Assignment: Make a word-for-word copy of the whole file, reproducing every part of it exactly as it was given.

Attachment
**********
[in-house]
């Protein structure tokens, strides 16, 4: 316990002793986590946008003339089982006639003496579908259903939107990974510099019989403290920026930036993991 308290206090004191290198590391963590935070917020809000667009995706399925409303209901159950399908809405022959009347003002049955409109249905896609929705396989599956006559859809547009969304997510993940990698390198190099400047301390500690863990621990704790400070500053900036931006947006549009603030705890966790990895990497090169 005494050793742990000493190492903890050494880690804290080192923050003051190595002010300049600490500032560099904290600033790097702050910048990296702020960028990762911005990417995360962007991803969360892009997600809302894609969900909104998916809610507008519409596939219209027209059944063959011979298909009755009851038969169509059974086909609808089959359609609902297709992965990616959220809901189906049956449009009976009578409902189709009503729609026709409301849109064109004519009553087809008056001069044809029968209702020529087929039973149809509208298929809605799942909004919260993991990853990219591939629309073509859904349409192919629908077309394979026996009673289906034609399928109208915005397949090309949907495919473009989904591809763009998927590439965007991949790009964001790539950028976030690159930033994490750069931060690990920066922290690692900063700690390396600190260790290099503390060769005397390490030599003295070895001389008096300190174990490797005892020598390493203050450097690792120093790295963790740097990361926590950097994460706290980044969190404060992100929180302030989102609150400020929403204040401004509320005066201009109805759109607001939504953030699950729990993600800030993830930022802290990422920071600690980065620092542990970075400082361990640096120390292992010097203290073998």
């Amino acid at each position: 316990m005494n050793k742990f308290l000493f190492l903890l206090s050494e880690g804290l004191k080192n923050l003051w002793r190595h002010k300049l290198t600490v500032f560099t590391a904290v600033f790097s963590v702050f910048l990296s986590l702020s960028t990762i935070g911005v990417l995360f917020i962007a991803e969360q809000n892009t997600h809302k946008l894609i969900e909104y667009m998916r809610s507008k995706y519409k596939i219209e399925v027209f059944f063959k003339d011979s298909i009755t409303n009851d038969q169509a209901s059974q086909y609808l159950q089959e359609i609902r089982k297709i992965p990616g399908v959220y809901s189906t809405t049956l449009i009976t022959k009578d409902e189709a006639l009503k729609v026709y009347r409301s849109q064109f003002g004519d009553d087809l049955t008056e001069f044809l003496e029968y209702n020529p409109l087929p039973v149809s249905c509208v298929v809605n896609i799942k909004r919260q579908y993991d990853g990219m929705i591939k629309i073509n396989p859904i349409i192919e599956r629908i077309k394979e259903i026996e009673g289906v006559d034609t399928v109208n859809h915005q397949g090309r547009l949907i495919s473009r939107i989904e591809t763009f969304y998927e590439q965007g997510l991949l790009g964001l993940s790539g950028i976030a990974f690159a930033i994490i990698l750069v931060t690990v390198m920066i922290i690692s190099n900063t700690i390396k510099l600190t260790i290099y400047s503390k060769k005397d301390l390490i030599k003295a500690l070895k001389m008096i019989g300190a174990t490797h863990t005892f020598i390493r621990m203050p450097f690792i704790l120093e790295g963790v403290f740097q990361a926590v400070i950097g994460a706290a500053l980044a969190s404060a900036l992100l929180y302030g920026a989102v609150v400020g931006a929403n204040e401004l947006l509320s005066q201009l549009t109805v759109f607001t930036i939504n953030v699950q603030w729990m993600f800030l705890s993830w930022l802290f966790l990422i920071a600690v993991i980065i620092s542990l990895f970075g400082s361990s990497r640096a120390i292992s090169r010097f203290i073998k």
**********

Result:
[in-house]
């Protein structure tokens, strides 16, 4: 316990002793986590946008003339089982006639003496579908259903939107990974510099019989403290920026930036993991 308290206090004191290198590391963590935070917020809000667009995706399925409303209901159950399908809405022959009347003002049955409109249905896609929705396989599956006559859809547009969304997510993940990698390198190099400047301390500690863990621990704790400070500053900036931006947006549009603030705890966790990895990497090169 005494050793742990000493190492903890050494880690804290080192923050003051190595002010300049600490500032560099904290600033790097702050910048990296702020960028990762911005990417995360962007991803969360892009997600809302894609969900909104998916809610507008519409596939219209027209059944063959011979298909009755009851038969169509059974086909609808089959359609609902297709992965990616959220809901189906049956449009009976009578409902189709009503729609026709409301849109064109004519009553087809008056001069044809029968209702020529087929039973149809509208298929809605799942909004919260993991990853990219591939629309073509859904349409192919629908077309394979026996009673289906034609399928109208915005397949090309949907495919473009989904591809763009998927590439965007991949790009964001790539950028976030690159930033994490750069931060690990920066922290690692900063700690390396600190260790290099503390060769005397390490030599003295070895001389008096300190174990490797005892020598390493203050450097690792120093790295963790740097990361926590950097994460706290980044969190404060992100929180302030989102609150400020929403204040401004509320005066201009109805759109607001939504953030699950729990993600800030993830930022802290990422920071600690980065620092542990970075400082361990640096120390292992010097203290073998």
């Amino acid at each position: 316990m005494n050793k742990f308290l000493f190492l903890l206090s050494e880690g804290l004191k080192n923050l003051w002793r190595h002010k300049l290198t600490v500032f560099t590391a904290v600033f790097s963590v702050f910048l990296s986590l702020s960028t990762i935070g911005v990417l995360f917020i962007a991803e969360q809000n892009t997600h809302k946008l894609i969900e909104y667009m998916r809610s507008k995706y519409k596939i219209e399925v027209f059944f063959k003339d011979s298909i009755t409303n009851d038969q169509a209901s059974q086909y609808l159950q089959e359609i609902r089982k297709i992965p990616g399908v959220y809901s189906t809405t049956l449009i009976t022959k009578d409902e189709a006639l009503k729609v026709y009347r409301s849109q064109f003002g004519d009553d087809l049955t008056e001069f044809l003496e029968y209702n020529p409109l087929p039973v149809s249905c509208v298929v809605n896609i799942k909004r919260q579908y993991d990853g990219m929705i591939k629309i073509n396989p859904i349409i192919e599956r629908i077309k394979e259903i026996e009673g289906v006559d034609t399928v109208n859809h915005q397949g090309r547009l949907i495919s473009r939107i989904e591809t763009f969304y998927e590439q965007g997510l991949l790009g964001l993940s790539g950028i976030a990974f690159a930033i994490i990698l750069v931060t690990v390198m920066i922290i690692s190099n900063t700690i390396k510099l600190t260790i290099y400047s503390k060769k005397d301390l390490i030599k003295a500690l070895k001389m008096i019989g300190a174990t490797h863990t005892f020598i390493r621990m203050p450097f690792i704790l120093e790295g963790v403290f740097q990361a926590v400070i950097g994460a706290a500053l980044a969190s404060a900036l992100l929180y302030g920026a989102v609150v400020g931006a929403n204040e401004l947006l509320s005066q201009l549009t109805v759109f607001t930036i939504n953030v699950q603030w729990m993600f800030l705890s993830w930022l802290f966790l990422i920071a600690v993991i980065i620092s542990l990895f970075g400082s361990s990497r640096a120390i292992s090169r010097f203290i073998k």